I think this objection activity was by far the most important and powerful segment of the whole day. If you're going to launch a project like this I highly recommend taking the time to do this.

During the break I was beyond pleased to hear many of the students already talking about ideas. I also heard the immediate fixed mindset response of "no, that's too big" and "I don't think we can do that..." But I also heard "Imagine if we really did cure Asthma..."

Now, that's what I want to hear!

So, we came back in and I randomly chose a student to read out their objection.  I heard almost all of the anticipated fears.

-I don't have a big voice/audience.
-I won't have time
-My parents won't be able to support me.
-Nobody listens to kids
-I don't know as much as adults
-If doctors/scientists can't do it, how can I?
-I'm terrible at public speaking.
-I have no idea what to do.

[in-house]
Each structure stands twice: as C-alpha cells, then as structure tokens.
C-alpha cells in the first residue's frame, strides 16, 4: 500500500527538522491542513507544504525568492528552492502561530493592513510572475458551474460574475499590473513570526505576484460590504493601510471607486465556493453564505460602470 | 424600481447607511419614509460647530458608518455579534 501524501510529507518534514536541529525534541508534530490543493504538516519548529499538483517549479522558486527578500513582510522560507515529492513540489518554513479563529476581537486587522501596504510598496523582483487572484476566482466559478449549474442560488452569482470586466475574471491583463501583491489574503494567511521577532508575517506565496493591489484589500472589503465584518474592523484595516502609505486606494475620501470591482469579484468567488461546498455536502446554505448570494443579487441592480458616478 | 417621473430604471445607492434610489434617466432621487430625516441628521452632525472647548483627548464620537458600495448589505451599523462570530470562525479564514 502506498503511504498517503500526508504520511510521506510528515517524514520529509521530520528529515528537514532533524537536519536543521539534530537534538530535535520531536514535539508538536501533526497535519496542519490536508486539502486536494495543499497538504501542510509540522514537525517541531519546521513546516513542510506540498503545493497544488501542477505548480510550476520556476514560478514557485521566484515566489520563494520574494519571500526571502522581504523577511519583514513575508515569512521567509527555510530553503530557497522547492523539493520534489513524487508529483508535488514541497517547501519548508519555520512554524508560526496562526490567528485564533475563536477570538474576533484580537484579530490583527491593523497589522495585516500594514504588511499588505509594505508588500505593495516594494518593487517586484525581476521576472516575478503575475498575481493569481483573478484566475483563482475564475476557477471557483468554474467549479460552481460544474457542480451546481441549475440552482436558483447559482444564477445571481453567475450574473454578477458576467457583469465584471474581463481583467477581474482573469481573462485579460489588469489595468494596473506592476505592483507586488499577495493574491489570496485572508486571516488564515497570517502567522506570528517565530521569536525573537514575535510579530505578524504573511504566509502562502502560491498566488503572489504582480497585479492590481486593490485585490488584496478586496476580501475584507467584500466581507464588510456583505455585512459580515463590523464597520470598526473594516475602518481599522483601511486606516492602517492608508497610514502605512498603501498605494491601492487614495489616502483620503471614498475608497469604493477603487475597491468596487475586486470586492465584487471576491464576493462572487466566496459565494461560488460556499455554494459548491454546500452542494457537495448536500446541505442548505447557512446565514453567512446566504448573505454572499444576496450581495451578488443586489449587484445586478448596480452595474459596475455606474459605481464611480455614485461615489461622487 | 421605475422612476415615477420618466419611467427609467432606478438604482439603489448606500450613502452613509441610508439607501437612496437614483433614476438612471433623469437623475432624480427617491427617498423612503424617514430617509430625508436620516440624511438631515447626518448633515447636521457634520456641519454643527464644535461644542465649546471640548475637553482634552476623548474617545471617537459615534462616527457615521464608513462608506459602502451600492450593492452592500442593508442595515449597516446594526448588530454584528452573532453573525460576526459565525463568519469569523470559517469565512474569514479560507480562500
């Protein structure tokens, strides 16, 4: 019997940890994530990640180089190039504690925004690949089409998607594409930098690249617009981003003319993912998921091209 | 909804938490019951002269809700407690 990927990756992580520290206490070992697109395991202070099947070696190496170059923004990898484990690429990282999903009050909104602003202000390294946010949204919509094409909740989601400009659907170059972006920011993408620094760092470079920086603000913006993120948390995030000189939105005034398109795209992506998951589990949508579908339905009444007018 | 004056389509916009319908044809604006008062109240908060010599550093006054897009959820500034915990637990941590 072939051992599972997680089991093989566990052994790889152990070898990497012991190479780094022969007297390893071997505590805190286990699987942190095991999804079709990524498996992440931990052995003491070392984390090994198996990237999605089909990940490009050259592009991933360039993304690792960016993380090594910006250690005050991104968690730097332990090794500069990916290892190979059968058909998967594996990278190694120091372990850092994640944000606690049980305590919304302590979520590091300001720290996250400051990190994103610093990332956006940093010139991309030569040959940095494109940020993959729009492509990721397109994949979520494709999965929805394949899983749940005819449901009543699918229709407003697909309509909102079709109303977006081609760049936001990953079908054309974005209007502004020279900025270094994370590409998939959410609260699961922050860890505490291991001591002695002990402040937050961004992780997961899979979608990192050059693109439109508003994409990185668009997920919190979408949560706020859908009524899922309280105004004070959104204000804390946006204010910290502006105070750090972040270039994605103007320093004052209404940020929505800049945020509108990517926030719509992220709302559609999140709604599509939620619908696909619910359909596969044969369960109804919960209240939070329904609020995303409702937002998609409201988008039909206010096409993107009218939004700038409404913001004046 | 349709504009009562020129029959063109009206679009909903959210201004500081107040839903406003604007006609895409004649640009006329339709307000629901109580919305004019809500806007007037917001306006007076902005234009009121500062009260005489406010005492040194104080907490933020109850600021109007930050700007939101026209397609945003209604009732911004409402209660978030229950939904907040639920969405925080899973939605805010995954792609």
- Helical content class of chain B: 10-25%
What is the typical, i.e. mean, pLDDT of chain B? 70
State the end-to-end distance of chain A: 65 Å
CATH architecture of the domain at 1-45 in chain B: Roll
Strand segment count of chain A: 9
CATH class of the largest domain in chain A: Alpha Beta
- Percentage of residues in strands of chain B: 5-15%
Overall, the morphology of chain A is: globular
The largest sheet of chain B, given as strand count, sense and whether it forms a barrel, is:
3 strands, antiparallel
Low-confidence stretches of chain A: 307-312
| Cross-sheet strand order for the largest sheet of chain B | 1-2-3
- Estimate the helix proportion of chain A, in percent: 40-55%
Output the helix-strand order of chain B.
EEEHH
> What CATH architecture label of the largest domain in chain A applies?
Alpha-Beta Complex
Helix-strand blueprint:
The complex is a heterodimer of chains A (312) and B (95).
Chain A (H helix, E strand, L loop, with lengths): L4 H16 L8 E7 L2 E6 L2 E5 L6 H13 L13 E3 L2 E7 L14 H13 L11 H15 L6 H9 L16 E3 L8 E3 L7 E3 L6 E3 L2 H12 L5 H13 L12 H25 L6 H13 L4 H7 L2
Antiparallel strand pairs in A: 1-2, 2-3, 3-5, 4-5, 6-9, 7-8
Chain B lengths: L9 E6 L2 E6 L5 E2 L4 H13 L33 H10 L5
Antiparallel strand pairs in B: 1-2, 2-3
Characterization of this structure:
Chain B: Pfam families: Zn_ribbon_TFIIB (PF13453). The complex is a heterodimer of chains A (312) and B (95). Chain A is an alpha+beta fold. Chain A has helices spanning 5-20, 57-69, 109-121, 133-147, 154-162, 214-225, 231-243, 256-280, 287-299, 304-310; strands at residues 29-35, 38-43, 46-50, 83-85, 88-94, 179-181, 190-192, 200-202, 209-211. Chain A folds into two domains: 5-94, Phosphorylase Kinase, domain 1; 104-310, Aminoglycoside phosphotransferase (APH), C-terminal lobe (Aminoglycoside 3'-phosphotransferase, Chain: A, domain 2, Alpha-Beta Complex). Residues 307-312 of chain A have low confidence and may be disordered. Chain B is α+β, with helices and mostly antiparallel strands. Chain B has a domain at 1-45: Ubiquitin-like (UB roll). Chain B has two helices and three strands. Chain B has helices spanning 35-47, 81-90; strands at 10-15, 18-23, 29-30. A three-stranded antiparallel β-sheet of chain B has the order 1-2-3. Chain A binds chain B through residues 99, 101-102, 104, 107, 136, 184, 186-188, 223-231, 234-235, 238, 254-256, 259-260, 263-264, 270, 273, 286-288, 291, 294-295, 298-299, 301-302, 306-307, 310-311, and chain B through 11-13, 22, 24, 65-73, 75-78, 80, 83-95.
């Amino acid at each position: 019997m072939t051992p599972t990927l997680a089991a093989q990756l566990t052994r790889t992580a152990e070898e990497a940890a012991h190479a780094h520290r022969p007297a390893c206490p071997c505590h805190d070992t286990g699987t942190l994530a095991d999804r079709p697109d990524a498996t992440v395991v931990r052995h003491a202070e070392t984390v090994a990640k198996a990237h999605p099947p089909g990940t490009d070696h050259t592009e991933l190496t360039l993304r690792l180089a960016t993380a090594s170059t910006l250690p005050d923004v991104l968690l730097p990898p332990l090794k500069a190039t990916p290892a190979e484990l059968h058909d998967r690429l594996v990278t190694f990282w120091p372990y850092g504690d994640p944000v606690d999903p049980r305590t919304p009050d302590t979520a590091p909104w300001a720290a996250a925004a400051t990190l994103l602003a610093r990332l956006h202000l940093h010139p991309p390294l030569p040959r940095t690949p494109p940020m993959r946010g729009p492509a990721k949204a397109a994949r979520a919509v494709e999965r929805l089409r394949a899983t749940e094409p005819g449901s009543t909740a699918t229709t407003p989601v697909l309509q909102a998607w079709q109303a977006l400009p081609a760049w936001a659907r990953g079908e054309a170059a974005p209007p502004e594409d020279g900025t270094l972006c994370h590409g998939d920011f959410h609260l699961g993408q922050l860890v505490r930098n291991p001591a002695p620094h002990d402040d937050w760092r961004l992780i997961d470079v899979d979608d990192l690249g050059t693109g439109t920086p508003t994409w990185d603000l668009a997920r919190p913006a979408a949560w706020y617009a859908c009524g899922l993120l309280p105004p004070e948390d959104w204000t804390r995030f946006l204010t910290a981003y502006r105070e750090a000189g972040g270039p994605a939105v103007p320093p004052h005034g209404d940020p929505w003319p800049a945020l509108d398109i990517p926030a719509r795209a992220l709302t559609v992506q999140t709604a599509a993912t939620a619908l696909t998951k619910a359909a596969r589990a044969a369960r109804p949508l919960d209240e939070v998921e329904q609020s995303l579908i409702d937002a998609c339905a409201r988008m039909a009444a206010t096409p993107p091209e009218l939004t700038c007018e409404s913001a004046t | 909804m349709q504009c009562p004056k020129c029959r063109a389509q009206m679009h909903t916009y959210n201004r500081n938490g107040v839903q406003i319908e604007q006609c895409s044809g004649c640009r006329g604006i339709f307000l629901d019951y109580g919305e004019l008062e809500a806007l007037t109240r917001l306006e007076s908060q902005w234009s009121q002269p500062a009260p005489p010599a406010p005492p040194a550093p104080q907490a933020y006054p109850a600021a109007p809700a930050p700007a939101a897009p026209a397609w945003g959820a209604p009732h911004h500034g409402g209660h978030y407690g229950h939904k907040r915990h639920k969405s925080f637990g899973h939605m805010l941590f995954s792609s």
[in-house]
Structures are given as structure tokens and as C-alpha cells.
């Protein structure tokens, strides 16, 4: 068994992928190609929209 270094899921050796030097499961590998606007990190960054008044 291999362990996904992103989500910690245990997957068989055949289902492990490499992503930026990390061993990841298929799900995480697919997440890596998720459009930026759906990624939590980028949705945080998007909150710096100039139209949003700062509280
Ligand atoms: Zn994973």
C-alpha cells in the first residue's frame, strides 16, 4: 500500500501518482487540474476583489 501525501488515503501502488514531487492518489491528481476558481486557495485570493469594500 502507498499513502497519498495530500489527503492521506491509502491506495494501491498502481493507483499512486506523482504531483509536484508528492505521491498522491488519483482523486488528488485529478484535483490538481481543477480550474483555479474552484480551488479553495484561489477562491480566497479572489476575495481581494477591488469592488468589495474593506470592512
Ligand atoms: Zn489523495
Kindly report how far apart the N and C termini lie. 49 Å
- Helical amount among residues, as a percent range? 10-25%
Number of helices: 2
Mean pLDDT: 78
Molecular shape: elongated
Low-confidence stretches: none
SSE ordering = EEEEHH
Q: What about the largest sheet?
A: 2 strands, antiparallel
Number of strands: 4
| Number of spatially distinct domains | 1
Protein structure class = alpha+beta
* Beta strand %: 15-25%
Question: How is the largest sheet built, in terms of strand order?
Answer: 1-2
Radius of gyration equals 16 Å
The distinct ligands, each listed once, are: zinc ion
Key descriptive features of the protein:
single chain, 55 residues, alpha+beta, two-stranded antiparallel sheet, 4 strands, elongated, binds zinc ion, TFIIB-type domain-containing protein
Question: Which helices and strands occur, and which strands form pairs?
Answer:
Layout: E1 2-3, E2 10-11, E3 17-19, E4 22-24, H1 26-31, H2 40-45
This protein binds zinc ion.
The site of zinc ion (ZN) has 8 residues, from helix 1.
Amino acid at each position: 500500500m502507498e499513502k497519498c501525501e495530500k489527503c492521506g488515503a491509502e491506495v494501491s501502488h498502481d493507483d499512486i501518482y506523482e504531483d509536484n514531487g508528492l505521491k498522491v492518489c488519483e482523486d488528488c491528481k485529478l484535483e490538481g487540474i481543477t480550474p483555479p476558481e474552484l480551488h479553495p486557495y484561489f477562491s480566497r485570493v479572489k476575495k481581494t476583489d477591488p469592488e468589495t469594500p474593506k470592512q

I took the time to answer every fear as best I could. I was giving them the time. We would work on building audience. Kids have a huge voice because nobody says no to a cute kid. We don't have to know everything, maybe we can raise money for the people that do. We'll practice speaking - a ton. We'll do an idea factory on Monday to get you going.

I asked if there were any more. This was there chance to be negative (which I pointed out is a key ability of teenagers.)

Then I heard the most honest one of all:

"What if I fail?"

I responded very honestly and said "That's exactly why it has taken me two years to finally launch this project. I kept asking myself that same question. But, I finally decided you're worth it and the world is worth it. If I fail miserably, oh well. I can take it. The world needs me to try. It needs you to try. Don't you believe the world is worth taking a risk?"